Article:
By car: France has an excellent road network, with connections to all neighboring countries. From northern and western Germany, travelers can take the free A 34 via Sedan and Reims to the A 4 to Paris. Vacationers from southwest Germany can drive continuously on the autobahn to Le Havre; from Saarbrücken via the A 4 to Reims, there on the A 26 to St-Quentin and then on the A 29 to Le Havre; Greater Paris can be avoided on this route. The east-west A19 motorway from Sens to Orleans offers a continuous cross connection for travelers from the Rhine-Main area and Saarland to the Loire Valley and Brittany. Through the Mont Blanc Tunnel it goes to Italy and through the Pyrenees Tunnel to Spain. The route leads from Montrejeau on the French A 64 (Pau – Toulouse) through the Central Pyrenees and the Vall d’Aran to the Tunnel de Vielha and from there on to the Spanish N 230 to Lleida (Lerida). Long-distance bus: Flixbus, Blablabus and Eurolines drive from Germany, Austria and Switzerland to France. Tolls: Motorways in France are subject to tolls, except for parts of the city motorways and around large cities. The French motorway companies ASFA provide detailed information. Payment is usually made when leaving the motorway, in cash or by credit card. Some sections are paid upon entry, where you dump the displayed amount into a funnel. A toll is also payable for various tunnels. Documents: The national driving license is sufficient.

Arrival by train

The rail connections between France and neighboring European countries are excellent. There are daily connections with the ICE from Frankfurt/M. to Paris (journey time: 4 hours). The Thalys runs daily on the Dortmund, Essen, Duisburg, Düsseldorf Airport, Düsseldorf, Cologne, Aachen, Liège, Brussels and Paris routes. The French high-speed train TGV connects Munich, Frankfurt am Main, Strasbourg, Basel, Geneva, Zurich and Vienna with Paris several times a day. The ÖBB Nightjet night train connects Vienna with Paris via St. Pölten, Linz, Salzburg and Munich. The Léman Express commuter train connects the Swiss cantons of Vaud and Geneva with the French region of Auvergne-Rhône-Alpes. The well-developed EuroCity network is constantly being expanded. There are direct connections with various long-distance trains from Paris to Cologne, Frankfurt/M., Karlsruhe, Stuttgart, Munich, Vienna and Zurich and from Strasbourg via Munich East and Salzburg to Vienna. The Venice Simplon-Orient-Express luxury train connects Vienna with London and Paris. The Eurotunnel Shuttle travels through the Channel Tunnel between Calais and Folkestone, transporting lorries, cars and buses. Car trains and passenger shuttles operate. The journey time from terminal to terminal is 35 minutes, from highway to highway about 1 hour.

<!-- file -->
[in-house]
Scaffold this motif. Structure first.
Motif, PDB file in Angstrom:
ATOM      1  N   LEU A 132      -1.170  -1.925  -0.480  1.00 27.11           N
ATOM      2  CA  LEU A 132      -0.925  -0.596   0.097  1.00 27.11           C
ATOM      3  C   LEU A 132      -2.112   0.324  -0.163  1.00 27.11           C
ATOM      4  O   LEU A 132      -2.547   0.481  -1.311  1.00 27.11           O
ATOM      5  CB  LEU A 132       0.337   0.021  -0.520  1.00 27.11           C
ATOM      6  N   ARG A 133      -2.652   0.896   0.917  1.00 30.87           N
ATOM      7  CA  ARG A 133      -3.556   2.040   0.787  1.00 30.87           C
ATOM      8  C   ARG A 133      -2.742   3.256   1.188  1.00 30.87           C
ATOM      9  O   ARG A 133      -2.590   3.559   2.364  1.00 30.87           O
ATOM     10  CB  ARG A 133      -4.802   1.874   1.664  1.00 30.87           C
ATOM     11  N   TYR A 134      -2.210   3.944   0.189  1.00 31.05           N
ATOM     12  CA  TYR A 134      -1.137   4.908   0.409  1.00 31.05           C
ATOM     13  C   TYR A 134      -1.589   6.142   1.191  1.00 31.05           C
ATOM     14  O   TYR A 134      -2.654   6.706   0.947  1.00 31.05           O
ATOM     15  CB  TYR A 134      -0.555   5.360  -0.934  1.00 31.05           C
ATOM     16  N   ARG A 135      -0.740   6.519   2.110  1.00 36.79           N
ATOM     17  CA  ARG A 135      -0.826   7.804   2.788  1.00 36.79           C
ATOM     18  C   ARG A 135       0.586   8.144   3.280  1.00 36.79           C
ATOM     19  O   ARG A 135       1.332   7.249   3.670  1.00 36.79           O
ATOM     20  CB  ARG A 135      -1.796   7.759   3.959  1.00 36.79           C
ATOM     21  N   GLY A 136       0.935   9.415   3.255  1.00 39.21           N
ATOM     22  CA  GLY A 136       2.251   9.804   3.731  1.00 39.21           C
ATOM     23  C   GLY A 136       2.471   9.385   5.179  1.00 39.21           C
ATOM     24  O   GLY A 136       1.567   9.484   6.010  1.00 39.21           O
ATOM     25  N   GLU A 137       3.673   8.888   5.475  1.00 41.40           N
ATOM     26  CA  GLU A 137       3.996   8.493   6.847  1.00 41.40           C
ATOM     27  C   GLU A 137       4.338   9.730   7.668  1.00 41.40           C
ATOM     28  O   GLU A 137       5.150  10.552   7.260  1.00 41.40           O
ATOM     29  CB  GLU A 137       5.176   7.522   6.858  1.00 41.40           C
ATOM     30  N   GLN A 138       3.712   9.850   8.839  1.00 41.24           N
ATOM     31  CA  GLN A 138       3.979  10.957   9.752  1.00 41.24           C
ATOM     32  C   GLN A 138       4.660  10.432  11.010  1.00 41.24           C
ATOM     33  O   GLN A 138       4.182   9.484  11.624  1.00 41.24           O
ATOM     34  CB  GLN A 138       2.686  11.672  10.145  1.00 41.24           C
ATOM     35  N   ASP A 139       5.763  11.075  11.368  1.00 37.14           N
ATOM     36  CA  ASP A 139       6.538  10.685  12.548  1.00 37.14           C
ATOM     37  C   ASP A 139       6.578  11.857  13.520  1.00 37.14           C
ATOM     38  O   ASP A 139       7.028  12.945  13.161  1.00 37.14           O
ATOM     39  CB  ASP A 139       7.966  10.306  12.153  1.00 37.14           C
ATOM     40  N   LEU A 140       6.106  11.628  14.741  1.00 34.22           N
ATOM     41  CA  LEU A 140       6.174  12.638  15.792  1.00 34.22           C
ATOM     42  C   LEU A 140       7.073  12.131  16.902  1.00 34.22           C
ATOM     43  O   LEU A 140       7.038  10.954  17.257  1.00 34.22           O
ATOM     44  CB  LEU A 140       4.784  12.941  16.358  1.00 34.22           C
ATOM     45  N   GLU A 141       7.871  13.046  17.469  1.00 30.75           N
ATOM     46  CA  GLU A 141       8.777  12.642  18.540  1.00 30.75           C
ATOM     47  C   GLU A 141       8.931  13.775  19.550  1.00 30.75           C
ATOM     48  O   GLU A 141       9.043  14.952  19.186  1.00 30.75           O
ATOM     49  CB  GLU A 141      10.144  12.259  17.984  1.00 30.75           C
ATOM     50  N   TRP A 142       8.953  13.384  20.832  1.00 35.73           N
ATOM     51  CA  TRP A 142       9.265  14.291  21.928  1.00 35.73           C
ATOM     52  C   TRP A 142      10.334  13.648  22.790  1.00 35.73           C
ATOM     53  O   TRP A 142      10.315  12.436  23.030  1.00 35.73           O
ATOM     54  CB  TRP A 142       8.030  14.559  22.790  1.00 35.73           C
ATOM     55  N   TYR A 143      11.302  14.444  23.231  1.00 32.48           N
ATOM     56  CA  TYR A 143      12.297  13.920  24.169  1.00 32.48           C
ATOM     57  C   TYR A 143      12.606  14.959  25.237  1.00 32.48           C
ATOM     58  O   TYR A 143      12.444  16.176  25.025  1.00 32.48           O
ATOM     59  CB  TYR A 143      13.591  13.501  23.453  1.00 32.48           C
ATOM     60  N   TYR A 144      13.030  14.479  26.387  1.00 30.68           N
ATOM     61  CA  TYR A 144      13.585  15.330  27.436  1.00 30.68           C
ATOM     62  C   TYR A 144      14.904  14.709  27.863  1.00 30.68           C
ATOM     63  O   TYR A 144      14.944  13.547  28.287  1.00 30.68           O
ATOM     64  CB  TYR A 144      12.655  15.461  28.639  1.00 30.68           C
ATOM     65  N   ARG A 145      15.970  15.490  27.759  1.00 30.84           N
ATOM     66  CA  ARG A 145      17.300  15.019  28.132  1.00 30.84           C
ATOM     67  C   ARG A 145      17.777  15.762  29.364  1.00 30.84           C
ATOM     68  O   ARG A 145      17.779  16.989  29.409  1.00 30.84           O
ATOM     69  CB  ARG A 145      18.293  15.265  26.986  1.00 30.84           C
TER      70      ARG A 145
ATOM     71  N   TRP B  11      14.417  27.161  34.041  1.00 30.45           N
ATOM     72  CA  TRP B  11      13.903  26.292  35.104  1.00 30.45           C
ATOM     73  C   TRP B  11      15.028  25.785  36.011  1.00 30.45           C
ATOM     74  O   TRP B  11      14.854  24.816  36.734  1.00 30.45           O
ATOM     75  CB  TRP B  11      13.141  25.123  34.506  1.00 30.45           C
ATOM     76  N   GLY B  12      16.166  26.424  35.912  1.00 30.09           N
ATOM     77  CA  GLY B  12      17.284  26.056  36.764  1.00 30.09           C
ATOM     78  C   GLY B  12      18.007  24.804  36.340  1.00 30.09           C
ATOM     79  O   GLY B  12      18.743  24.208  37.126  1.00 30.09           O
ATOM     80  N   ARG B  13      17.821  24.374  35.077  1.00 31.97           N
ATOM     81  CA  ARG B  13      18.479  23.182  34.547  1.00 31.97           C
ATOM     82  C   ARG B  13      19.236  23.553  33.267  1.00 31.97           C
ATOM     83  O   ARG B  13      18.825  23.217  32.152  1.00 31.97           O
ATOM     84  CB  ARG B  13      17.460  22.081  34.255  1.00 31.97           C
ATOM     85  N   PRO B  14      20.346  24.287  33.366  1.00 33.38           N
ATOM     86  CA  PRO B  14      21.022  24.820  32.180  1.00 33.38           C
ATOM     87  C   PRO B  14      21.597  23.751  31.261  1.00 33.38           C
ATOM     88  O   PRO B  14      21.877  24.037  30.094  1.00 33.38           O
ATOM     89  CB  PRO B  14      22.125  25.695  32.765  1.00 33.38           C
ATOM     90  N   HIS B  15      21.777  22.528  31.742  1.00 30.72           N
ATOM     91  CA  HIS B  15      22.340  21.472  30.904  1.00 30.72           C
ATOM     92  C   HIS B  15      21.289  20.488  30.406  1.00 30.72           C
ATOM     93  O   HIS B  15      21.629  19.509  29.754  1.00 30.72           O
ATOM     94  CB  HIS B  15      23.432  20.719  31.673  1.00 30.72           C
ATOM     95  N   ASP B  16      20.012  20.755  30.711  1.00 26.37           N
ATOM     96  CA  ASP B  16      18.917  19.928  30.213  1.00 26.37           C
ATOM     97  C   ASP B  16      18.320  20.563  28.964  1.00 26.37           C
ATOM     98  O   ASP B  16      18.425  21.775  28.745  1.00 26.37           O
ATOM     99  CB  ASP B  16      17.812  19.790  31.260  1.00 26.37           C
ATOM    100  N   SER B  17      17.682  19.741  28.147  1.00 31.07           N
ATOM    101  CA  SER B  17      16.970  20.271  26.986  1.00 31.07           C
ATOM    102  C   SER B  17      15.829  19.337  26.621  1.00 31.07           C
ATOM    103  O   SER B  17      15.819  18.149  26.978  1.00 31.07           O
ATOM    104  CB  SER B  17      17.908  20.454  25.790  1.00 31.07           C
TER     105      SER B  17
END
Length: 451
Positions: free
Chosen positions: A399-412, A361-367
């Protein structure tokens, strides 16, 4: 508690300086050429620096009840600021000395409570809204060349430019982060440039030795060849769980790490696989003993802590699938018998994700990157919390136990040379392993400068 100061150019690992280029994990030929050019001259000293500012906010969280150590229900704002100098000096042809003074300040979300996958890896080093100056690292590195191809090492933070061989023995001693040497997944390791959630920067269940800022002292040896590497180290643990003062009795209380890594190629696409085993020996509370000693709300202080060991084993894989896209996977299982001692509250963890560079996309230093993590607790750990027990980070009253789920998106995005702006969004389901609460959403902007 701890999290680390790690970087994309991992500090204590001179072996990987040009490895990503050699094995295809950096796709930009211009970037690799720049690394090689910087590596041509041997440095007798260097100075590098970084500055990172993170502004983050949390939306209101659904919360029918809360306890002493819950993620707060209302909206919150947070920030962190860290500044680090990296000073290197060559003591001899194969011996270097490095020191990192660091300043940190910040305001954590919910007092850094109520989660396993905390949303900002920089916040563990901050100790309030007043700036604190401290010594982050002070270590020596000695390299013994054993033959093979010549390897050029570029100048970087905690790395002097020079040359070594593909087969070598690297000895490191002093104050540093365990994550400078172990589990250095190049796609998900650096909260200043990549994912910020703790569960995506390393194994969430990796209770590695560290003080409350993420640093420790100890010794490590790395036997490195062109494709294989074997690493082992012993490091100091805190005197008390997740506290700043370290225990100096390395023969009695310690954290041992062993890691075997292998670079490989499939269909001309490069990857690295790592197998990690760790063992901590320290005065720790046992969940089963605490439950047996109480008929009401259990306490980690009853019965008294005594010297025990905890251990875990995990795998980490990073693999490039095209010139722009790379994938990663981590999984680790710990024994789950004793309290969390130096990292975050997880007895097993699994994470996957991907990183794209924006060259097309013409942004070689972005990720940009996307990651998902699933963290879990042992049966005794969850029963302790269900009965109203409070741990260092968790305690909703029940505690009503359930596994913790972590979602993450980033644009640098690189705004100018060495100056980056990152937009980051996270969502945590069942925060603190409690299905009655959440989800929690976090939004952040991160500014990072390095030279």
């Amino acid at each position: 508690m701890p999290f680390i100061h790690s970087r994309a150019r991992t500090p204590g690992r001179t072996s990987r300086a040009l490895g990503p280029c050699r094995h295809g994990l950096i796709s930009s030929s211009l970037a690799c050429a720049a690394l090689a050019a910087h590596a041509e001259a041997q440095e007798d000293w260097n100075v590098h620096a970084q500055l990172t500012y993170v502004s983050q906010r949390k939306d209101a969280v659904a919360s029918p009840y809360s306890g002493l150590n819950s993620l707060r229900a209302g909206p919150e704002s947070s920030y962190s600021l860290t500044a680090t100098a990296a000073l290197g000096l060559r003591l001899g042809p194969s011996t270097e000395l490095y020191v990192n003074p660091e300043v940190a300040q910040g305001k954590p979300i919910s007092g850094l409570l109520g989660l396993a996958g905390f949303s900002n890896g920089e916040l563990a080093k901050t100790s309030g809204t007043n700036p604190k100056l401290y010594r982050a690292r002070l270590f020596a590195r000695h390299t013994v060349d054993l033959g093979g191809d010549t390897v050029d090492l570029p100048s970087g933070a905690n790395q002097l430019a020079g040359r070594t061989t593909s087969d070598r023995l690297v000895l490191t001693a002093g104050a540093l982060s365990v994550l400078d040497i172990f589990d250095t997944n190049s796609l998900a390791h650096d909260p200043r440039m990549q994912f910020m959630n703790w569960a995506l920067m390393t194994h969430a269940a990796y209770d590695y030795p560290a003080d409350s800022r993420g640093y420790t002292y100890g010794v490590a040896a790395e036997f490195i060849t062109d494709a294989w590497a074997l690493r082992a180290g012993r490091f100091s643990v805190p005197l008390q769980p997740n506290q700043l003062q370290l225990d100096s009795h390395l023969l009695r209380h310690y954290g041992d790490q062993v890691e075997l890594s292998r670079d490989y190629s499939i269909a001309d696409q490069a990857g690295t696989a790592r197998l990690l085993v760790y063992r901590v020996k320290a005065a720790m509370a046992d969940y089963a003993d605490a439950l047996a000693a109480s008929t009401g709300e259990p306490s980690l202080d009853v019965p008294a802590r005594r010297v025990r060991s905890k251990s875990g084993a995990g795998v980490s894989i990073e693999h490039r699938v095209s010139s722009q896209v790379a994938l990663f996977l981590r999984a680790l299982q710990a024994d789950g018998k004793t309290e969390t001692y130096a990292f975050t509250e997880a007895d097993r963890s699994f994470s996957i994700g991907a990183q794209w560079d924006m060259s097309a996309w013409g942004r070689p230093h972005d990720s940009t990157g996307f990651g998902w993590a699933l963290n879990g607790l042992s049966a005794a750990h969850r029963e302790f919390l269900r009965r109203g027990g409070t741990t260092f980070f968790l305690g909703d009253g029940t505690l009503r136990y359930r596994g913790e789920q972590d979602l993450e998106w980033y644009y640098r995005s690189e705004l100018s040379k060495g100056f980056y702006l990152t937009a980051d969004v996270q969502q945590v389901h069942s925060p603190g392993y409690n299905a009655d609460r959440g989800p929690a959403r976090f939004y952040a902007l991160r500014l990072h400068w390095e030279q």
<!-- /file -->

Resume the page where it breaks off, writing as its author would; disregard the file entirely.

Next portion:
rail passes

The Interrail One Country Pass and the Interrail Global Pass are also valid in France.

Arrival by ship

In April, Aida Cruises’ AIDAdiva cruises from Gran Canaria in the Atlantic and also calls at Le Havre. There are numerous ferry services from Britain and the British Channel Islands to France, including with Brittany Ferries: Portsmouth – Caen, Portsmouth – Cherbourg, Portsmouth – Le Havre, Poole – Cherbourg, Plymouth – Roscoff; Condor Ferries (Jersey/Guernsey – St Malo; Portsmouth – Cherbourg); DFDS Seaways (Newhaven – Dieppe; Dover – Calais; Dover – Dunkirk; Portsmouth – Le Havre); P&0 Ferries (Dover – Calais). From Algeria, Algerie Ferries (Algiers/ Oran/ Bejaia/ Skikda/ Annaba – Marseille) offer passenger and car ferry services. Crossings from Italy to Corsican ports are organized by Corsica Ferries (Savona – Bastia), Moby Lines (Genoa – Bastia) and CMN La Méridionale (Porto Torres (Sardinia) – Propriano). CTN offers ferry services between Tunis and Marseille. For more information on ferry connections, see Ferry Online.

How to get to France